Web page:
LOGO

The Compensation Committee determined in its discretion that, in light of prevailing market conditions and a desire to preserve liquidity, it would pay 2018 (as paid in March of 2019) performance-based STIP awards at only 35% (i.e., a 65% reduction) of the amount actually achieved under pre-established performance measures.

Pay for Performance in 2018

CEO Compensation

The chart below reflects the total compensation reported in the “Executive Compensation – Summary Compensation Table” for each of the prior four years, for both our CEO and our other named executive officers in 2018. Beginning in the second half of 2014, commodity prices, particularly for crude oil, began to decline sharply. The decline became precipitous late in the fourth quarter of 2014 and continued throughout 2015. Although commodity prices partially recovered in 2016 and 2017, they again dropped precipitously in late 2018. In addition, WAHA gas discounts in the Midland Basin, where our assets are located, were extreme in late 2018. Commodity prices remain volatile, and have not returned to 2014 highs. The magnitude of this price decline and the slow pace of the recovery materially and adversely impacted the results of our operations and led to substantial reductions in our drilling program, and eventually a complete suspension of drilling activities in the third quarter of 2015, which were resumed in 2016, and accelerated through 2017. In late 2018, our drilling activities were again deferred in part as a response to the sharp declines of commodity prices and extreme WAHA gas discount in late 2018. During this time, the Compensation Committee has consistently executed downward discretion with the LTIP and STIP awards where the Compensation Committee believed appropriate in recognition of the difficult commodity price environment and declining TSR.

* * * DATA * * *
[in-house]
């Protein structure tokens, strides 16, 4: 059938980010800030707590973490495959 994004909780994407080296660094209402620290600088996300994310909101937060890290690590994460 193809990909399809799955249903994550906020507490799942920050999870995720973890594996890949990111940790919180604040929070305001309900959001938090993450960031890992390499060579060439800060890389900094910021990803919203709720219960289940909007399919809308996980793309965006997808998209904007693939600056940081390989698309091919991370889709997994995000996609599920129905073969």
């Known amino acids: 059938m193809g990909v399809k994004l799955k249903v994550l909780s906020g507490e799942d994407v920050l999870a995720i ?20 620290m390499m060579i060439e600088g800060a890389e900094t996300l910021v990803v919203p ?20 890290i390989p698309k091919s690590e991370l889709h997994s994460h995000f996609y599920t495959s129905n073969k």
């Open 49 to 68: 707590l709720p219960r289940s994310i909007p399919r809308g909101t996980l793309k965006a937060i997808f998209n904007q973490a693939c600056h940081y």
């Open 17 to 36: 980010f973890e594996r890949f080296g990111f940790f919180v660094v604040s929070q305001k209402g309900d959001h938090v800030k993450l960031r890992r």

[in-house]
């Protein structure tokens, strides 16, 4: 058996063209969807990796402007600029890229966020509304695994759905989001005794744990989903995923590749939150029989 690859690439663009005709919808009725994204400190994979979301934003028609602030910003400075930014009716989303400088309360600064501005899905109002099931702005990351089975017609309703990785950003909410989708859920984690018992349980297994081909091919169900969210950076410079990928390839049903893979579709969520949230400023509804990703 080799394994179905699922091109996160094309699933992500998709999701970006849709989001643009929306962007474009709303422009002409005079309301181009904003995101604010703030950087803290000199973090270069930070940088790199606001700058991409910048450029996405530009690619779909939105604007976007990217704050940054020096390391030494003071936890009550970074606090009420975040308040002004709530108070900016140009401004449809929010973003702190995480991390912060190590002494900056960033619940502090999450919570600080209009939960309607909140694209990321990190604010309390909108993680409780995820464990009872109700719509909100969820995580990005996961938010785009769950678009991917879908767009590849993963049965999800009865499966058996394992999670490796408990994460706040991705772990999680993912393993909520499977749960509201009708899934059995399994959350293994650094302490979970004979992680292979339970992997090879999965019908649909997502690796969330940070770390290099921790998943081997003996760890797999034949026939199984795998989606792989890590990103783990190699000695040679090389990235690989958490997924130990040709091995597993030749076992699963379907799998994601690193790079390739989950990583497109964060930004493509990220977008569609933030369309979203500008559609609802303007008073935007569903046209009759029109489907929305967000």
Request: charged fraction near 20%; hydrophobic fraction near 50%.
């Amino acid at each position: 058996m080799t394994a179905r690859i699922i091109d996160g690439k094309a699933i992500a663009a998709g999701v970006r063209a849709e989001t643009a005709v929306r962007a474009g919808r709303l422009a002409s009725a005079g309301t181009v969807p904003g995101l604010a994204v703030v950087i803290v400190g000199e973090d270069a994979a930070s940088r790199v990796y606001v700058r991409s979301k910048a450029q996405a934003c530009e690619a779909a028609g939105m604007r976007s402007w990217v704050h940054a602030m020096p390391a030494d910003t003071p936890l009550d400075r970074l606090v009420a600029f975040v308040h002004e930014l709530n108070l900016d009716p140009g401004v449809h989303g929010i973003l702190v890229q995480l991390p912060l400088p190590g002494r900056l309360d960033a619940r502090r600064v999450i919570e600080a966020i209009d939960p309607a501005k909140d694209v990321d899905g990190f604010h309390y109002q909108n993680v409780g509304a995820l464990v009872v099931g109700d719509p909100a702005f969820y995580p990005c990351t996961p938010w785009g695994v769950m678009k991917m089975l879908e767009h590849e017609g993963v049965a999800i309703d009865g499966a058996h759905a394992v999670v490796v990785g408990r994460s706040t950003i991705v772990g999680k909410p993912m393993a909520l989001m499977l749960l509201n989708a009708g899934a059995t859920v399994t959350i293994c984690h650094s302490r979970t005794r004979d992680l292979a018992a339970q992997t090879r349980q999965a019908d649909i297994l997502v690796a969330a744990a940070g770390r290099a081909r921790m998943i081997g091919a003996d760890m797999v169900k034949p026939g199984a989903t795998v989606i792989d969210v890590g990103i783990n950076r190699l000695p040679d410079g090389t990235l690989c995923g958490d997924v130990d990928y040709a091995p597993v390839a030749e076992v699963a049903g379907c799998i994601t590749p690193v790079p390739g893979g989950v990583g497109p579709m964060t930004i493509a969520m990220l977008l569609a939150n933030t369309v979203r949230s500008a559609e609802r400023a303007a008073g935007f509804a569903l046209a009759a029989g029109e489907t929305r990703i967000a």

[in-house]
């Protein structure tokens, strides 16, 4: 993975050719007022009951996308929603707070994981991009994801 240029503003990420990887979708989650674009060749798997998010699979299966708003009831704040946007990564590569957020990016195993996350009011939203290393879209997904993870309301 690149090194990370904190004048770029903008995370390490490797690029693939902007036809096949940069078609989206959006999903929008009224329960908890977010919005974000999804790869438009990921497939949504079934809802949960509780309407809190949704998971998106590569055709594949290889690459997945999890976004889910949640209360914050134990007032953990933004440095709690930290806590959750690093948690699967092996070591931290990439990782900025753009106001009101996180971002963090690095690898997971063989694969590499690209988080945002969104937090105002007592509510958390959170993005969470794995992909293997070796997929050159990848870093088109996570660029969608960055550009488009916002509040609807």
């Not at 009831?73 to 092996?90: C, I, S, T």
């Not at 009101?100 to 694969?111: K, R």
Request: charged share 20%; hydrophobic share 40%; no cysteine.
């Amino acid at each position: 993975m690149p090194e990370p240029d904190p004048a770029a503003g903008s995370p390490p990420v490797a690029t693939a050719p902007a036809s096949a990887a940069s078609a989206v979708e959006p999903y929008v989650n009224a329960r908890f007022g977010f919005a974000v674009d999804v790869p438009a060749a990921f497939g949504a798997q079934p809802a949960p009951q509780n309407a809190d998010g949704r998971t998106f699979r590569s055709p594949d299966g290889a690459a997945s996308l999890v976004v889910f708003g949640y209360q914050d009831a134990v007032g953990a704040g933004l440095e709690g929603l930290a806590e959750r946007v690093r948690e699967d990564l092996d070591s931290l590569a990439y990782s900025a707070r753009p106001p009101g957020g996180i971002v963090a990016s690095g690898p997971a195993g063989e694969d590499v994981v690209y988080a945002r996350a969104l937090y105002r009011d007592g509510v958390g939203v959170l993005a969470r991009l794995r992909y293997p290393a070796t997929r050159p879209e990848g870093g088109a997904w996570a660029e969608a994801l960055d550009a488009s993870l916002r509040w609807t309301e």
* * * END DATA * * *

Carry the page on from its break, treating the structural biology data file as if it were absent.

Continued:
Partially as a result of the ongoing commodity price volatility, the Compensation Committee and Board continued to exercise downward discretion with respect to CEO and other NEO compensation. For example, the Compensation Committee and Board exercised their downward discretion to reduce 2018 STIP payouts by 65% from amounts otherwise

 

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Compensation Discussion and Analysis (continued)

 

 

earned by our CEO and other NEOs in accordance with our 2018 STIP Plan, and LTIP awards made in 2018 by 30% from the historical award levels.

The decisions of the Compensation Committee and the Board regarding our CEO’s compensation in 2018 reflected alignment with our stockholders’ interests, resulting in total 2018 CEO compensation, as described below under “Executive Compensation—Summary Compensation Table,” being reduced by approximately 11% compared to 2017, and approximately 20% compared to 2015.

 

 

 

LOGO

Performance-Based STIP and LTIP – Other Executive Officers

Consistent with our executive compensation program’s emphasis on pay for performance, the compensation awarded to our executive officers other than our CEO for 2018 also reflected alignment with stockholder interests in 2018.

Performance-Based STIP.   During 2018, we produced strong results on certain operating and financial measures and we met or exceeded the target level of performance under two of three Company performance measures. However, in light of the volatile and slow recovery in commodity prices, our desire to preserve liquidity and our focus on cost control, the Compensation Committee exercised their discretion and reduced the STIP award pool divided among all executive officers by 65% of the amount actually earned, from an aggregate of $2,087,426 earned under the terms of our STIP, to $730,599.